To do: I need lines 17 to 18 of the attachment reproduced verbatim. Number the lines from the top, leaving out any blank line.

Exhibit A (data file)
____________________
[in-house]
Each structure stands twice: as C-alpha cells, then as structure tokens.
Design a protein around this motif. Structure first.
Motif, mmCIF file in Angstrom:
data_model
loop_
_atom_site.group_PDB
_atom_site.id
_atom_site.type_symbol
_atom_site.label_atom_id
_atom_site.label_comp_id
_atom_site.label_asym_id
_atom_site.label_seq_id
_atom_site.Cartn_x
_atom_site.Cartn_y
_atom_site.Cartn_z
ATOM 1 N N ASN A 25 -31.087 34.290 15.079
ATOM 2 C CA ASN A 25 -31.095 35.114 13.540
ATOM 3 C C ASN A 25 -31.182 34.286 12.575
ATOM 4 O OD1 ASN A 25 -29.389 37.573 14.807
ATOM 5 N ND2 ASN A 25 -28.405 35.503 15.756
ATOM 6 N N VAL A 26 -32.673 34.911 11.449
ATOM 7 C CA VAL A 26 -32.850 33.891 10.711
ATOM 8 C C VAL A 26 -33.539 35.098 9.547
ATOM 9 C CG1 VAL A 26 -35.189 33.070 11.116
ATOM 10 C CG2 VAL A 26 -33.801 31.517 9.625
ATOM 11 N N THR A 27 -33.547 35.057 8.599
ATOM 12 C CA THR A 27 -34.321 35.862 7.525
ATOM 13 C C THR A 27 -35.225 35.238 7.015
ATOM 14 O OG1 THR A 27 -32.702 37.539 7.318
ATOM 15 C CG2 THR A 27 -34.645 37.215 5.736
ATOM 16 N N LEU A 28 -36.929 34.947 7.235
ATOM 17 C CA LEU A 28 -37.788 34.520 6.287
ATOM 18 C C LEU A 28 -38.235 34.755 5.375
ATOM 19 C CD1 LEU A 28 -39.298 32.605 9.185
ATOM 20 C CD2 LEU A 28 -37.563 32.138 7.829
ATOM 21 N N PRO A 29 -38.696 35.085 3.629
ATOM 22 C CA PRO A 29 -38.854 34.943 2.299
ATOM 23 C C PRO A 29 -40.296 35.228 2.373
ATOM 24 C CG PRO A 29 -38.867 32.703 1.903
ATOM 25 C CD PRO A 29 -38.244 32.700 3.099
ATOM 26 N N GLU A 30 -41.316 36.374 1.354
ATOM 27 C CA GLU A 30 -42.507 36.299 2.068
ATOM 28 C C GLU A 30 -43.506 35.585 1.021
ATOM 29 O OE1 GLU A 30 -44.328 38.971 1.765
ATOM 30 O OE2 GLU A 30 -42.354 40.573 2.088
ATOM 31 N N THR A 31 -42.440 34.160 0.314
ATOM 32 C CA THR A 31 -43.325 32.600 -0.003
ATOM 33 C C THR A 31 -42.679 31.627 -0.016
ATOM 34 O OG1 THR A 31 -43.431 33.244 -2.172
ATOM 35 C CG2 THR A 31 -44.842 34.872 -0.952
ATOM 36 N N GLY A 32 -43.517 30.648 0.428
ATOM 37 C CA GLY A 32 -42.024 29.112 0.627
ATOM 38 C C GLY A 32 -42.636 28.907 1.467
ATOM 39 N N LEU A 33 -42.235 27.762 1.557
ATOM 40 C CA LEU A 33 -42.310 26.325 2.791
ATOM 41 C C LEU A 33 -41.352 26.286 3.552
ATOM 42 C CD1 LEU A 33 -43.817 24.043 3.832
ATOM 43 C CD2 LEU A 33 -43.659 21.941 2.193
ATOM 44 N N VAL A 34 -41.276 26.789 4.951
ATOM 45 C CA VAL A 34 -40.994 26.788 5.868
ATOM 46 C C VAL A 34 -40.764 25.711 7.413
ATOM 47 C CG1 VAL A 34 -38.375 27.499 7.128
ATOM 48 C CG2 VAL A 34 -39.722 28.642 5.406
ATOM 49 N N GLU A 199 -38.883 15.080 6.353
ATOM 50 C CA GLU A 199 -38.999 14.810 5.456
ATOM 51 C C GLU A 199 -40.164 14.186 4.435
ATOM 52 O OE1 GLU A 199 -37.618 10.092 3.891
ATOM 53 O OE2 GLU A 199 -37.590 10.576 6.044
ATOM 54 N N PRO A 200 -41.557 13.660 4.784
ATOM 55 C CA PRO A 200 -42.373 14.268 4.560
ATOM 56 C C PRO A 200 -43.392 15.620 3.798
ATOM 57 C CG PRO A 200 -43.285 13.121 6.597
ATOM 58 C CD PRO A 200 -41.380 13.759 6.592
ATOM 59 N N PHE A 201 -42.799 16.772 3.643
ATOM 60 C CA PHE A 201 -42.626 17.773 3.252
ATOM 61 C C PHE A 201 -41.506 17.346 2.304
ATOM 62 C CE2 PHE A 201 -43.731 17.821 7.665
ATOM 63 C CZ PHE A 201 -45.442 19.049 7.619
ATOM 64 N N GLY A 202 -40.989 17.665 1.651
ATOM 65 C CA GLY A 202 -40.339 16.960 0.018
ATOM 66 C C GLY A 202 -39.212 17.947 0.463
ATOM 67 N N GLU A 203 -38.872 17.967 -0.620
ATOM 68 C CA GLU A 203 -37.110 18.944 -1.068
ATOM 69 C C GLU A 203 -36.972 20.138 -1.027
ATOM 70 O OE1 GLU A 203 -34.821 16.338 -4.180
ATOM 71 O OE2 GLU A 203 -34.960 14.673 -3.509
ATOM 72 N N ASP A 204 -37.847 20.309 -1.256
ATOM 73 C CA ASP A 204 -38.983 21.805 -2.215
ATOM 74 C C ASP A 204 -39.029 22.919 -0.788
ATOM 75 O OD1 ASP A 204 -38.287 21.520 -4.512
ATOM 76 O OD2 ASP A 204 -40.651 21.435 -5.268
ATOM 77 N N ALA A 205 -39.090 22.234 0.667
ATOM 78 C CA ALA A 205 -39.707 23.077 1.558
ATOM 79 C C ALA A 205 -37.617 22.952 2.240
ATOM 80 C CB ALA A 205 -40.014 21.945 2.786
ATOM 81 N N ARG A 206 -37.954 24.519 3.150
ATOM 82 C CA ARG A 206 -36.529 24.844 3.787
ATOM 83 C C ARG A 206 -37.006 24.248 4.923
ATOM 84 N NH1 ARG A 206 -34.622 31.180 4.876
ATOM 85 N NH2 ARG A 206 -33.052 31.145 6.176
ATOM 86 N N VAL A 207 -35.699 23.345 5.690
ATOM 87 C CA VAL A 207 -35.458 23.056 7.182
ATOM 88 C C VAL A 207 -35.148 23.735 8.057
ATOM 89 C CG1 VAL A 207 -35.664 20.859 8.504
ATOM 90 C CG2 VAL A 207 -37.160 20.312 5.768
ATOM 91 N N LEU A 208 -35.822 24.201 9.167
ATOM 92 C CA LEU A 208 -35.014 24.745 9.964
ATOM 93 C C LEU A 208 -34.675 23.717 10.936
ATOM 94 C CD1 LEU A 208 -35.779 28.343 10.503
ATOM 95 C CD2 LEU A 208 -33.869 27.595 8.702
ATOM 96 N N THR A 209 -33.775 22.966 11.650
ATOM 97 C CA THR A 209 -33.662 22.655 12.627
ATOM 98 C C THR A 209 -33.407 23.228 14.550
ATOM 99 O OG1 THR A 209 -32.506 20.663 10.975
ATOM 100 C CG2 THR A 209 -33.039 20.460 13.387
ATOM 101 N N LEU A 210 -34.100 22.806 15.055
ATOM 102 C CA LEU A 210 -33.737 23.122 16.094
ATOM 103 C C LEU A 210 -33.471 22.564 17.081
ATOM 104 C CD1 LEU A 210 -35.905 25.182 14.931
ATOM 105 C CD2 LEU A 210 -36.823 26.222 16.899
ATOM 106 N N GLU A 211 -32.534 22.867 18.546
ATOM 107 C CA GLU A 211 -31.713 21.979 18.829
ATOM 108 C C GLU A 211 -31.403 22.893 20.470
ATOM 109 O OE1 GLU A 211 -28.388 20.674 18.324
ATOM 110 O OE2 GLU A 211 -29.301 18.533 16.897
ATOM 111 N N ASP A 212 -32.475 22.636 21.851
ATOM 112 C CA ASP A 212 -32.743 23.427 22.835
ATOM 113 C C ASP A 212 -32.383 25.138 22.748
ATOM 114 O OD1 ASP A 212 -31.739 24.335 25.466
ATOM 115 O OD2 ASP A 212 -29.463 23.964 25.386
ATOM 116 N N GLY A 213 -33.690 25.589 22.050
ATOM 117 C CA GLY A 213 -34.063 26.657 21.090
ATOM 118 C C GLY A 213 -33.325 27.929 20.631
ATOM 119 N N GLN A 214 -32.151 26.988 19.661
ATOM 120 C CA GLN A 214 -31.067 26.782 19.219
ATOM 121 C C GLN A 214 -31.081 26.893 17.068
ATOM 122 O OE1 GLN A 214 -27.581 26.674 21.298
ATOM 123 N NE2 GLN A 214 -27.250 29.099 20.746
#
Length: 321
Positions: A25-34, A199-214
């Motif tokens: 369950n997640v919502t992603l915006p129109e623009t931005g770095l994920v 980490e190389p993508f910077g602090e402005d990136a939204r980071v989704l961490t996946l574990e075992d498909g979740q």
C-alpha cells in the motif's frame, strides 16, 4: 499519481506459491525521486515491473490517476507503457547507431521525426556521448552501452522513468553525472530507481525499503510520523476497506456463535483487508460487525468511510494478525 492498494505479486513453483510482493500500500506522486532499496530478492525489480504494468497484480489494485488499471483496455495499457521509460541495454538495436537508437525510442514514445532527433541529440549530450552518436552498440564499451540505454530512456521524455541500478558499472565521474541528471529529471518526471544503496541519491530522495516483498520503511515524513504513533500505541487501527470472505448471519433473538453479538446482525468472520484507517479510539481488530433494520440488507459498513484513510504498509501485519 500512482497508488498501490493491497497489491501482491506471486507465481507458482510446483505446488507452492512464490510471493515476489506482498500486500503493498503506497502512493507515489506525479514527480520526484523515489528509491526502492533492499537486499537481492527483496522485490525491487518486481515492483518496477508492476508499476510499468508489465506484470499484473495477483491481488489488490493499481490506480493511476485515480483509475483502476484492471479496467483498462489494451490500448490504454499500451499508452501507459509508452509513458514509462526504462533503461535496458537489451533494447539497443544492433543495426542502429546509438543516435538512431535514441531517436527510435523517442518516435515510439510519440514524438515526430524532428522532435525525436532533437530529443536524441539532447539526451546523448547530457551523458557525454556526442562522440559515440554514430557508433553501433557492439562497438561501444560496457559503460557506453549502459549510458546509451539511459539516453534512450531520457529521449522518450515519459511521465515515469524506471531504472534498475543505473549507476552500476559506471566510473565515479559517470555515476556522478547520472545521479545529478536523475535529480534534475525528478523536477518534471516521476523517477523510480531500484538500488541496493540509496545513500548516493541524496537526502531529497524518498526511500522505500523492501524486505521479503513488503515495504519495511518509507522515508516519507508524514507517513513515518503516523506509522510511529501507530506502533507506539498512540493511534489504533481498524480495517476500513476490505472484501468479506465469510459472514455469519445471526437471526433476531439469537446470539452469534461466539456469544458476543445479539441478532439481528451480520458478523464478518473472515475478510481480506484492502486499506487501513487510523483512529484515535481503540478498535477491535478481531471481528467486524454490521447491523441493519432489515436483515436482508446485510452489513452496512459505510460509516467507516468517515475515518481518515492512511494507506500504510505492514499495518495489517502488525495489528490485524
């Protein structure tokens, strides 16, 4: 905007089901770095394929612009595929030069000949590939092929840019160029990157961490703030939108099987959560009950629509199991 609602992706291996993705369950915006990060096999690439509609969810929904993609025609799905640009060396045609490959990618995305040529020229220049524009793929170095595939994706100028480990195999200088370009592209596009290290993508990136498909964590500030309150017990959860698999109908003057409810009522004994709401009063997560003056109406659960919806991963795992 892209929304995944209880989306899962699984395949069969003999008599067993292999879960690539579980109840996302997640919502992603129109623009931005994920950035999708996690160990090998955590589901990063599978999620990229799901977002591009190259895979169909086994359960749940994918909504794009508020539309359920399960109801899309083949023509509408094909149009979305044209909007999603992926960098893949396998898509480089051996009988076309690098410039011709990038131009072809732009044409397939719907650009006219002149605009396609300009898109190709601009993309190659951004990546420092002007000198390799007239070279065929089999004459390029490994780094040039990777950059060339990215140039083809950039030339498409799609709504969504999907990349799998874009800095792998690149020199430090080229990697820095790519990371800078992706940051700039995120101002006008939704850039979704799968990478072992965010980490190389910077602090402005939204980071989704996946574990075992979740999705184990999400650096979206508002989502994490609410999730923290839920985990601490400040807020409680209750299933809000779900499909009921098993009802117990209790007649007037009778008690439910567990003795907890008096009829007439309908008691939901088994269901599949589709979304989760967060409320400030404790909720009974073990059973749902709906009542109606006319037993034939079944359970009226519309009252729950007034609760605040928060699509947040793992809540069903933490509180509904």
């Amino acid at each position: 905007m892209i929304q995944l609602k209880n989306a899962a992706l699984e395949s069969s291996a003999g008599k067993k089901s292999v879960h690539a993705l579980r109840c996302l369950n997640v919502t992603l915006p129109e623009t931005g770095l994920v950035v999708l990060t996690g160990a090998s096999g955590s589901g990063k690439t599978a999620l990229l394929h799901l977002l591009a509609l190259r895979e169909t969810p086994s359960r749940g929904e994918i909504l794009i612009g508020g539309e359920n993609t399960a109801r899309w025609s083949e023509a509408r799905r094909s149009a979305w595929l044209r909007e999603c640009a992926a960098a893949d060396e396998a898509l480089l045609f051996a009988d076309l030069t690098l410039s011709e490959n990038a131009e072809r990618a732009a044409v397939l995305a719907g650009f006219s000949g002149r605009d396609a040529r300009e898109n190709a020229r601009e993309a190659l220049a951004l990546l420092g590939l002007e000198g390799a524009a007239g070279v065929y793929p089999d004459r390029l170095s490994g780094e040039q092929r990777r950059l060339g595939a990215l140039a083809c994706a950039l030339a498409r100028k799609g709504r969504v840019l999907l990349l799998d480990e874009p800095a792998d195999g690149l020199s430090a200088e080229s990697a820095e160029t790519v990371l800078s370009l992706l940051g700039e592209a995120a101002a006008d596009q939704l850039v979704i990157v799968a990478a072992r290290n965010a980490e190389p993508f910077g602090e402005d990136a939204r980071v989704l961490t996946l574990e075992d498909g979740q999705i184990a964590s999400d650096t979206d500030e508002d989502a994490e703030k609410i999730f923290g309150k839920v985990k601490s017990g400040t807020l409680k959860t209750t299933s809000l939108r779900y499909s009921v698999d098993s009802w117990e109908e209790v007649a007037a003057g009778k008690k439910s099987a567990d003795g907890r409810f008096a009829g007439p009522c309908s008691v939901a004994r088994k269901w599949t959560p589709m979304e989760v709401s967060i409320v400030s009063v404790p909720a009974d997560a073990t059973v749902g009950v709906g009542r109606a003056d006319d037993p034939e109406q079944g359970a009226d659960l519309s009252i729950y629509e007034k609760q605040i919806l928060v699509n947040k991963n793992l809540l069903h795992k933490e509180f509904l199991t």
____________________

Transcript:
ATOM 1 N N ASN A 25 -31.087 34.290 15.079
ATOM 2 C CA ASN A 25 -31.095 35.114 13.540